Saturday, December 11, 2010

Camels, Raccoons and Shiny Things

Try as I might, I can't sleep. I can tell already that adoption, radical obedience and blogging are not going to be good for my sleep habits. So, I just decided to give in and get up and write.

Enough people have inquisitively asked me, "what is Christmas unshopping?" casually in conversation and so I instead of telling it all over again, I have been referring them to yesterday's post for the shortcut that it is for me. Plus, I may not do the story justice each time I have to tell it, so it really is better for them too. But I wonder, why do I not hear anything back from these people?

Maybe it's because they have busy lives and they haven't had a chance to read. Certainly that's the case in my world often enough. Maybe they wholeheartedly agree and were going to post and shout an "amen!" but their kid fell down the stairs and they had to rush off to the ER. Suddenly posting a comment on someone's blog would be a forgotten thing. But what tumbles over and again in my mind like a load of laundry in the dryer is, "What if it's because they're thinking, 'Wow, better you than me!!'???" What if they are thinking in their minds that what we have done is ludicrous or even sacrilegious or even evil to our children? Taking back their gifts?! Horrible! Why would parents impose their own convictions on their children's childhood like that?! Perhaps they are thinking that our Christmas unshopping is undermining family tradition and robbing our children of precious Christmas memories? Now not a soul has uttered these words to me, but I just wonder.

How married are we as Americans to our holiday traditions? Are we convinced that celebrating the birth of a Savior has to be done in a particular way? Maybe we'd quickly answer, "Oh, it can look very different from family to family." But do we really think that? Isn't it expected as you drive around at night time in December that each house will have lights up? That you can find a pretty tree glowing through a main window in each house? Afterall, this is how we Americans do things! But what in the world does it have to do with a baby born to impoverished teenagers in a stable? And why do we then surround the bottom of that tree with materialistic wealth when our counterparts on the other side of the planet are worn out from crying from hunger? The pain of a parent's heart bleeds as they wonder "will I be able to find a meal for my children today?" Is this the meaning of Christmas? If we had a tool that could look down into the situation of that mother and she could look back at us, what would she think? Would she wish us a Merry Christmas? What would she say when we pass the potatoes and ham around and toss away the leftovers we couldn't bear have one more bite without loosening up our belts a notch? Does this really make us happy? I fear the answer is no.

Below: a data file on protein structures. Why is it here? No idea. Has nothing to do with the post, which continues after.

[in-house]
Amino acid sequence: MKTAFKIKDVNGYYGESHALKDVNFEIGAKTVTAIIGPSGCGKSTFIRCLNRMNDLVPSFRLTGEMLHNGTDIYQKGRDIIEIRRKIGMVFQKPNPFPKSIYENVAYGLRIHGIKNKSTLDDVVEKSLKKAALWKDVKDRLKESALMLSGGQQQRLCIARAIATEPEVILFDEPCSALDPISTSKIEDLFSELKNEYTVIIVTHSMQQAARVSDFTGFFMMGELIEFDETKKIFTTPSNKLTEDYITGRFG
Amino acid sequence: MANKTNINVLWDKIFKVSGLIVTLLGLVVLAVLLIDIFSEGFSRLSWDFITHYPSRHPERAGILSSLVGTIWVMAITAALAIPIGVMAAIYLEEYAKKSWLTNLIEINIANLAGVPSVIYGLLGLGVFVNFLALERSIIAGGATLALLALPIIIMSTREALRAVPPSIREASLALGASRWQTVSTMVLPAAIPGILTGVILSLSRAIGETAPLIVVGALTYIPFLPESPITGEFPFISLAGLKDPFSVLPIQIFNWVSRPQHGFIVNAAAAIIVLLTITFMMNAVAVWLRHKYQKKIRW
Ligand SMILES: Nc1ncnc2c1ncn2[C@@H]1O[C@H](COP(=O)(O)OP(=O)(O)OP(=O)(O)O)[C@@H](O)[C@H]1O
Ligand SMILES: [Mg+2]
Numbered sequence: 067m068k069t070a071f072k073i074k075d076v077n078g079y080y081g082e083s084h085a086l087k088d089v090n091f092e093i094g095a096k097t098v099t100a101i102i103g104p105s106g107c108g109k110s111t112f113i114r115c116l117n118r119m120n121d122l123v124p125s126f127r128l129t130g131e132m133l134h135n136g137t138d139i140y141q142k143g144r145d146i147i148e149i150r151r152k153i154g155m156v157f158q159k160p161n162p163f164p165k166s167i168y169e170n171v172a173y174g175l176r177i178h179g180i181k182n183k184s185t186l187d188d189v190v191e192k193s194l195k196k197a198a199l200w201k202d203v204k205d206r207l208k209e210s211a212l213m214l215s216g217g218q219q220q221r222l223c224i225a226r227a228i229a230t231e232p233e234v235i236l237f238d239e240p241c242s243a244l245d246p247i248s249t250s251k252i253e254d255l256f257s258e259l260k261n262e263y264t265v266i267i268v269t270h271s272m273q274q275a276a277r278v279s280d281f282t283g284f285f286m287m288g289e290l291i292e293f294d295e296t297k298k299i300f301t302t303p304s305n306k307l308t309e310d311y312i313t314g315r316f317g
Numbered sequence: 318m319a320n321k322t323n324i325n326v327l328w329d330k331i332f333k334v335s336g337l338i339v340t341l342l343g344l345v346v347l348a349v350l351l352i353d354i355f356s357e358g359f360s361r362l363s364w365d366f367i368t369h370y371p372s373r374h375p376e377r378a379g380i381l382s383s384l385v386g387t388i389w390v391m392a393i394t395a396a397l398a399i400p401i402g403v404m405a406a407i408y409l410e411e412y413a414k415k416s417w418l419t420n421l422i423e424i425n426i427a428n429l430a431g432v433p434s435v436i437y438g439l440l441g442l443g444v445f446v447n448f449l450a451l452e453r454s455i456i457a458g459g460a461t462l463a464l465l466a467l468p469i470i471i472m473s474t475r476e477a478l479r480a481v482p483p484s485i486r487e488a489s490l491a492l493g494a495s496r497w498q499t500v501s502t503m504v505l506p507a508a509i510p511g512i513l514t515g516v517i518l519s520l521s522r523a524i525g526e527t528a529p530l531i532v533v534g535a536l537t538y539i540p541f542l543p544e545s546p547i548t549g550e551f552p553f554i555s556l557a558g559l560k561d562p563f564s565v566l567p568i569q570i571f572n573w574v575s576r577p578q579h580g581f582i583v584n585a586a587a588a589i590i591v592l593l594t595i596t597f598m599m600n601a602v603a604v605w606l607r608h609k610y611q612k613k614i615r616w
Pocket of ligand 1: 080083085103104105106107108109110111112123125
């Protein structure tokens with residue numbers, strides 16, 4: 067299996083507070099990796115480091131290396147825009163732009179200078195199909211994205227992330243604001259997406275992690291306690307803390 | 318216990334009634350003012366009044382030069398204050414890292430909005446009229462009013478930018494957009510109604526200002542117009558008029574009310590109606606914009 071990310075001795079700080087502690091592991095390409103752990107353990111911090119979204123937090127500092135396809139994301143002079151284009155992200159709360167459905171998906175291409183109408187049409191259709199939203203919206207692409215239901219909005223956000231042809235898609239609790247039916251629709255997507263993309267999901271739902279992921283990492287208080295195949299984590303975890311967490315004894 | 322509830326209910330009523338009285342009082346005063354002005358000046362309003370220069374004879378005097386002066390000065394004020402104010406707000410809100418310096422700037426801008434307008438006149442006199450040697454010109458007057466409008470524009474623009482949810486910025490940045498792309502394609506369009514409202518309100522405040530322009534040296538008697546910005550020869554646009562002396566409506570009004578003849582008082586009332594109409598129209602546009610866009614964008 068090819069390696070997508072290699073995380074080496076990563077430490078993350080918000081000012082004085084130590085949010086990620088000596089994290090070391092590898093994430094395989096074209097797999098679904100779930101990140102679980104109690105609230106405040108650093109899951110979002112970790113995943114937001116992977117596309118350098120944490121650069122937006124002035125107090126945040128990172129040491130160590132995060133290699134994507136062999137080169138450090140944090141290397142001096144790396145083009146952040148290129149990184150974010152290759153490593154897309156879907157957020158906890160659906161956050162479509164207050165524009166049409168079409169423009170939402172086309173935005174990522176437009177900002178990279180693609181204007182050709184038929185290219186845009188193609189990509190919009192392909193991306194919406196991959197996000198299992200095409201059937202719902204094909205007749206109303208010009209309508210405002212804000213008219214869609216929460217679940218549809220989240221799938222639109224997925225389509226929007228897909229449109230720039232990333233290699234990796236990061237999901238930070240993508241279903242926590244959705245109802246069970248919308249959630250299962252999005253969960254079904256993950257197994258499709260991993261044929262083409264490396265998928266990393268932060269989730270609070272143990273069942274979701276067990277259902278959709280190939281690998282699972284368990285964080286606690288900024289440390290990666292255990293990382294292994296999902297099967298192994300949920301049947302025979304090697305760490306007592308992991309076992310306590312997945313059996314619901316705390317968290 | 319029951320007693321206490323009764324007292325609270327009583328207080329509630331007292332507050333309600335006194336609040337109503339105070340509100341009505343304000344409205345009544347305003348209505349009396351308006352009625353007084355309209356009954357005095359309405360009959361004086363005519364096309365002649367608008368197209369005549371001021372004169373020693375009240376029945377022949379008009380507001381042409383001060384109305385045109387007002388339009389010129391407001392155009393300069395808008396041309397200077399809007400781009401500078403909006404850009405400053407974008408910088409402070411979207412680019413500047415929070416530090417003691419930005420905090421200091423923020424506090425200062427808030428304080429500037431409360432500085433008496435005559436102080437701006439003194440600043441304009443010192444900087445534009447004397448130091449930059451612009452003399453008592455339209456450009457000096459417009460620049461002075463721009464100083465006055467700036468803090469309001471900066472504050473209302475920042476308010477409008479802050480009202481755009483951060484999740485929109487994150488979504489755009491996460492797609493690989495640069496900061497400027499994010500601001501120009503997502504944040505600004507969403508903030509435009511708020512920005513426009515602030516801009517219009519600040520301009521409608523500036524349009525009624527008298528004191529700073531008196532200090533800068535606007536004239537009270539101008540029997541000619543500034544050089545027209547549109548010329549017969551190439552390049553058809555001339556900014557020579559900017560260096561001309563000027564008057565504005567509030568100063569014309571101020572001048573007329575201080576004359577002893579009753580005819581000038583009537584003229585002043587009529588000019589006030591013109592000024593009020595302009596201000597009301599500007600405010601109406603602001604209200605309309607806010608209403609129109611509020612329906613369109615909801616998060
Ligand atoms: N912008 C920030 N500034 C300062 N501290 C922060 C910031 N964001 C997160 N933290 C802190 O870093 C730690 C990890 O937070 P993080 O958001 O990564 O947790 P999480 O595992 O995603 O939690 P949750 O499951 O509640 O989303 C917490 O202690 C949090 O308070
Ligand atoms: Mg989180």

What do we ask our friends after Christmas has passed? Why we ask them, "How was your Christmas?" We don't mean, did you celebrate the birth of Christ in a meaningful way--did you find deep and abiding joy in your relationship with Him--were you moved to tears by the things that continue to be on that Savior's, we mean, "Did you have a fun day? Did you get to be surrounded by the people you love most? Was everyone healthy? Did you have fun watching your children open the gifts they wanted? Did you dine on rich foods till you nearly burst? Did you get some good relaxing in?" Just exactly what are we doing in America with Christmas???? I'm not really feeling good about it all.

I join my friend and fellow blogger in asking the question, what are we teaching our children when we give them a morning filled with opening material gifts that cater to their dreams and desires? I don't have an answer, but I join in her question. Our parents' generation did not question these things, they just went with tradition. But is it not time we step up and help our children grasp a WHOLE GOSPEL?

Yes, the book The Hole in Our Gospel is really gripping me. He tells what the whole gospel is...the good news of a Savior who has redeemed us for eternity...and it changes our lives HERE. We live DIFFERENTLY THAN THE WORLD because of our inheritance.

The statistics are out and they are very disconcerting to the church: some 80% (some reports are even higher!) of children leave the church never to come back after age 18. Wow. That's terrible. Seriously awful. As a former Christian Education Director I find this news appalling. What in the world is wrong? Youth group skits no longer out-entertain our high tech kids? No, it's much much deeper than that. I think there is a connection here. We are catering a selfish Christianity to these kids and they don't want it.  They want real, and you know, so do I. And I think God does too. A real faith is going to really impact my daily life, and the way Christianity has been lived out here in commonville America, well, it's not real different from the average non-faithing American. My life as a Christian should look totally weird and completely crazy to the watching unbeliever. But often, the only difference is a toned down vocabulary. Yikes.

What if these children were in families who were radically DOING what Jesus said in the Scriptures? Would they walk away from their faith if they spent their childhood living a selfless life, seeing the joy on the faces of people a world away for whom they had sacrificed their own comfort? Would they want to joyfully seek God's direction in their own lives if they experienced that deep abundant joy that Jesus told us He came to give us while they were still small?